Women working in consensual sex work can shed further light on these terms:  ‏@VSleazy says, “I am a prostitute. I do not sell my body, I rent access to it, I am #notyourrescueproject, & I need #rightsnotrescue.”  @AnarchaSxworker says, “I’ve ‘sold my body’ to countless men yet I still have it right here on the couch with me. Odd that.”  @MolliDesi, a South Asian sex worker in England says, “all I want to do is fuck for money and pay for my university so what is the problem ? #humantrafficking.”  She challenges the authority of anti-trafficking advocates: “I am small brown and foreign selling sex….& I would like #rightsnotrescue pls don’t let elite women fuck me over.”  There are many well-meaning anti-trafficking activists who may not realize the stigmatizing effect of using victimizing language.  Others, however, know exactly what they are doing. Many sex worker rights advocates have been investigating instances where anti-trafficking efforts have used fabricated stories and false information to raise money and self-promote.  When “rescuers” further disempower exploited young people for their own gain, they become yet another layer of adult exploitation that these young people face.

12.  Finally, the oppression of young people and denial of their intelligence and power are at work here.  Part of the problem is that we have a romanticized notion of childhood that includes naïve innocence, and benevolent adults who know what’s best.  Many young people who end up in the system have managed households, been the primary breadwinner, parented younger siblings, served as informal caseworkers for their parents, or otherwise had to function as adults.  It is insulting and unrealistic to expect a young person with those experiences to fit themselves into a chores and curfew scenario where the adults make all the decisions with no input from the young people.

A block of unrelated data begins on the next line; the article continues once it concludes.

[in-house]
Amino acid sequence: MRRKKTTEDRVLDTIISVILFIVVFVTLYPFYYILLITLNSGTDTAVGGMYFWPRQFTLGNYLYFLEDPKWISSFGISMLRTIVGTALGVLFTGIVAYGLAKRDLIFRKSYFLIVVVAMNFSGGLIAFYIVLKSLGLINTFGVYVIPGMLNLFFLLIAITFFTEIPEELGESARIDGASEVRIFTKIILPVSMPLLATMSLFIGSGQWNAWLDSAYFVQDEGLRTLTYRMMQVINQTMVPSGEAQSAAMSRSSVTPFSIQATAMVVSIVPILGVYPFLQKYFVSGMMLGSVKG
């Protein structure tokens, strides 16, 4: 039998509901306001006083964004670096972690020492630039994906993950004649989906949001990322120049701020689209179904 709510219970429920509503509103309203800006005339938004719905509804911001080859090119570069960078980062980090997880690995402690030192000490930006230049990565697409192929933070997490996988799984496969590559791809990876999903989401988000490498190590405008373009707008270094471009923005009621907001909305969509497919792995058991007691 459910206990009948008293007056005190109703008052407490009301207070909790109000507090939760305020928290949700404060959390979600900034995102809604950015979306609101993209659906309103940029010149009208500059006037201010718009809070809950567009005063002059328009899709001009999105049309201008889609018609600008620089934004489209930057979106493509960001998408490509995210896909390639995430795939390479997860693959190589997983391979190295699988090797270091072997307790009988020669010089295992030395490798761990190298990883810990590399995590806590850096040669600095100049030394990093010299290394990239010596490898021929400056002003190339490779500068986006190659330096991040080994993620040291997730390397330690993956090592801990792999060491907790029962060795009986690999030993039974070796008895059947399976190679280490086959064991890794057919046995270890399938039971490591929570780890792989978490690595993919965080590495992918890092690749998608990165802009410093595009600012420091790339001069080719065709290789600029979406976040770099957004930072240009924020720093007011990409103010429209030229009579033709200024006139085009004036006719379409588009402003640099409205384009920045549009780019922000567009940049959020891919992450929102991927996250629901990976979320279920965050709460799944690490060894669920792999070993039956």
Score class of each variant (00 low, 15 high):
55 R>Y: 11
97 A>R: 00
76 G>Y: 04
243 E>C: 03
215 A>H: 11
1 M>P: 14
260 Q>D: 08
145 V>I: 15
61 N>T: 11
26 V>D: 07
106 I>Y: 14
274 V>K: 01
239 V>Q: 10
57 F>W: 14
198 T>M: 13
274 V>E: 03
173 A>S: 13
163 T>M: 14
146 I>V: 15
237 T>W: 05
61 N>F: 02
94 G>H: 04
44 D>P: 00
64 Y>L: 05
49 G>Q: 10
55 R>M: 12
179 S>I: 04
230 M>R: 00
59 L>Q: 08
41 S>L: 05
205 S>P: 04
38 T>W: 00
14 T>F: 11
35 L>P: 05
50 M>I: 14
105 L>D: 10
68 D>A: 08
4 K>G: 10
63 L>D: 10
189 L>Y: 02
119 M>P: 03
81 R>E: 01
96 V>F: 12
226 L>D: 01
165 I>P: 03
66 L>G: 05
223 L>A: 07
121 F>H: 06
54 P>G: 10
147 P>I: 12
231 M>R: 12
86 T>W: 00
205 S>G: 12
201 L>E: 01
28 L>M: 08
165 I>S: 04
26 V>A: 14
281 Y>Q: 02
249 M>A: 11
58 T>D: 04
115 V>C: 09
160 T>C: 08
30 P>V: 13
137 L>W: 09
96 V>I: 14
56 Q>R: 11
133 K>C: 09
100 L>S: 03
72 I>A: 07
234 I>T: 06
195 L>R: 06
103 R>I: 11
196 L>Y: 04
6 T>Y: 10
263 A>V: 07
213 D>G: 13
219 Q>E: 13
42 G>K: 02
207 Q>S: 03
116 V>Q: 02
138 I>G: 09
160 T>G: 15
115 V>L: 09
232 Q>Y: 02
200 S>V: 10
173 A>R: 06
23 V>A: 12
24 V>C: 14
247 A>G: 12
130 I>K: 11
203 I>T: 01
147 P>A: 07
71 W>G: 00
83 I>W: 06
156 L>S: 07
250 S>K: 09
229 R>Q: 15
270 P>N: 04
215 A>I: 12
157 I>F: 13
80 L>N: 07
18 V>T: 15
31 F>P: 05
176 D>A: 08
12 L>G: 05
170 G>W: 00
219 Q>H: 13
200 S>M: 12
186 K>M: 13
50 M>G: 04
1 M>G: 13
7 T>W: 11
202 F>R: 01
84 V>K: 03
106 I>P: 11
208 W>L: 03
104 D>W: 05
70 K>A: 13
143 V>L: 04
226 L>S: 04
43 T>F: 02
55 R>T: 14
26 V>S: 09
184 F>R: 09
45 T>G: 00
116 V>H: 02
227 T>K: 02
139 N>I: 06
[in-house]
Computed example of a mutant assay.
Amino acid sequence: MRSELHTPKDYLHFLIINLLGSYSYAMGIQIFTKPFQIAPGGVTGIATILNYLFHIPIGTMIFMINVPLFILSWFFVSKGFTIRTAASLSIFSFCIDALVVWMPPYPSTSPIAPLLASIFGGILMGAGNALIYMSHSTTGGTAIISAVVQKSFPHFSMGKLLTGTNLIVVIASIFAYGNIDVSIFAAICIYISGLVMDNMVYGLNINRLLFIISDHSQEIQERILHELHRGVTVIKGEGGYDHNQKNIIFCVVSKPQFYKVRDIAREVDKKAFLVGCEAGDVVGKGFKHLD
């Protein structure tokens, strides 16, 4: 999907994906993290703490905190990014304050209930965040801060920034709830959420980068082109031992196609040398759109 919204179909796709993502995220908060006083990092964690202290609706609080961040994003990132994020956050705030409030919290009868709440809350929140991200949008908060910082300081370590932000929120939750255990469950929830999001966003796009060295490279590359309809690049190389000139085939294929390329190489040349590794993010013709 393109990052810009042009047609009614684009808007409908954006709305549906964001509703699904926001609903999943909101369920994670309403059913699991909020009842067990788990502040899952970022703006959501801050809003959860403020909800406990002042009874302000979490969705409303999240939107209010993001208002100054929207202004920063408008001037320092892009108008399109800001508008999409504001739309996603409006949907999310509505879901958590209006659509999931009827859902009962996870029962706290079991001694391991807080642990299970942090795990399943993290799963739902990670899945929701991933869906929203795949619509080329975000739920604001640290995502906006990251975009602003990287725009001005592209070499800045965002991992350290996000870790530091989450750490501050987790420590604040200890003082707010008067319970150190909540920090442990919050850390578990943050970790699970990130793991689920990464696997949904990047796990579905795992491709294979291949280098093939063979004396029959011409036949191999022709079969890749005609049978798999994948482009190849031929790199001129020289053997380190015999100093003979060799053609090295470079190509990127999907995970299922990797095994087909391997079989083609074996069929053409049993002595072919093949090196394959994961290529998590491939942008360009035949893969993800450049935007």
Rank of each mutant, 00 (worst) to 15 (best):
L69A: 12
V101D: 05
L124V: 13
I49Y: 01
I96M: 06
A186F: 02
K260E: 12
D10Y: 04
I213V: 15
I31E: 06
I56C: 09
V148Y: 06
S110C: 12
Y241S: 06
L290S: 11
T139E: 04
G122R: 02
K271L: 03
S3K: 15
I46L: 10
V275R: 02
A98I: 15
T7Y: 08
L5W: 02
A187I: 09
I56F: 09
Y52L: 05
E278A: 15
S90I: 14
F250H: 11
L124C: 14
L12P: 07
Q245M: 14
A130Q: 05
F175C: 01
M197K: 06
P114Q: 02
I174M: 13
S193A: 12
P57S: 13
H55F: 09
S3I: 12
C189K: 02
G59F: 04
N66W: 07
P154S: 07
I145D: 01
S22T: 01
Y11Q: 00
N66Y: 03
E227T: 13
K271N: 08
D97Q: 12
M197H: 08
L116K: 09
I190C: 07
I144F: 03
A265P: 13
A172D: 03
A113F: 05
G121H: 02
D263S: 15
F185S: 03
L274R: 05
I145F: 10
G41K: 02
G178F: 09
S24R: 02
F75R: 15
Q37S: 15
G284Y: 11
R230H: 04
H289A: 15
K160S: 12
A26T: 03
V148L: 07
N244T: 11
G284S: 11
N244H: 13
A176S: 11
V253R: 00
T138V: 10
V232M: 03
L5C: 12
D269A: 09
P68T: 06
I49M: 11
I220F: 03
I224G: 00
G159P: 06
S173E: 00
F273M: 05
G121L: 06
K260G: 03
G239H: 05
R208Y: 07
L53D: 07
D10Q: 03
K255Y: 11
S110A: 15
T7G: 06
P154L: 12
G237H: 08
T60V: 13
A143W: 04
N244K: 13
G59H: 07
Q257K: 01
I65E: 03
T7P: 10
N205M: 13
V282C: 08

13.  We also have a cultural myth in this country of teens living a sexually abstinent, drug-free life.  While some teens do choose to abstain from drugs and sex, the majority of young people across the board choose to experience drugs, alcohol, and sex during their teen years.  However, because many of our laws are based on a fantasy of childhood innocence, the housing and intervention programs for young people often require that they be drug-free and may even punish them for sexual activity.  If most adults were required to live somewhere that they would be thrown out into the street if they felt like having a drink or having sex, we would consider it an untenable situation.  Why do we expect young people to live under those extremely restrictive, punitive conditions?  Particularly for young people who have experienced serious trauma, using drugs or having sex can be an important avenue of pleasure, escape, or connection.  To be sure, drugs and sex are also fraught with risks, harms, and problems.  Trauma survivors are especially vulnerable to these harms.  It is critical to have supportive environments where young people learn how to reduce harm with their drug use and sexual activity.

Of course any facility needs rules to ensure everyone’s safety, but those rules don’t need to demand total abstinence from sex and drugs.  However, much of the government funding to support programs for young people require abstinence in order to get the financial resources.  Young people who have come to depend on their drug use and sexual expression to manage their trauma or enjoy their lives will often choose street life over a restrictive housing option.  Until we develop an abundance of housing for youth that can, as the harm reduction saying goes, meet people “where they are at,” honor their values, and respond to their needs, we will continue to send them back out into the arms of exploiters.

So I applaud the efforts of all the people currently doing the exhausting, heartbreaking, uphill battle of working with exploited youth, and the lawmakers who want to help.  I hate to be the bearer of bad news, but we will definitely need to change many large structures of the society before we can reasonably expect to effectively eradicate the problem of commercial sexualization of young people.  Yet, I’m glad to see us at least acknowledging the problem and exploring its complexities.  As a harm reductionist, I’m hoping to paint a full picture of the root causes so we can meet ourselves, as a society, exactly where we are at.


2014 headshotAya de Leon has worked in the alcohol and drug field, and was a national trainer for the Harm Reduction Training Institute, specializing in youth, drugs, and sexual health. She currently teaches creative writing at UC Berkeley and is working on a heist novel in which a team of sex workers turn to robbery in order to keep their health clinic open. She blogs and tweets at @ayadeleon and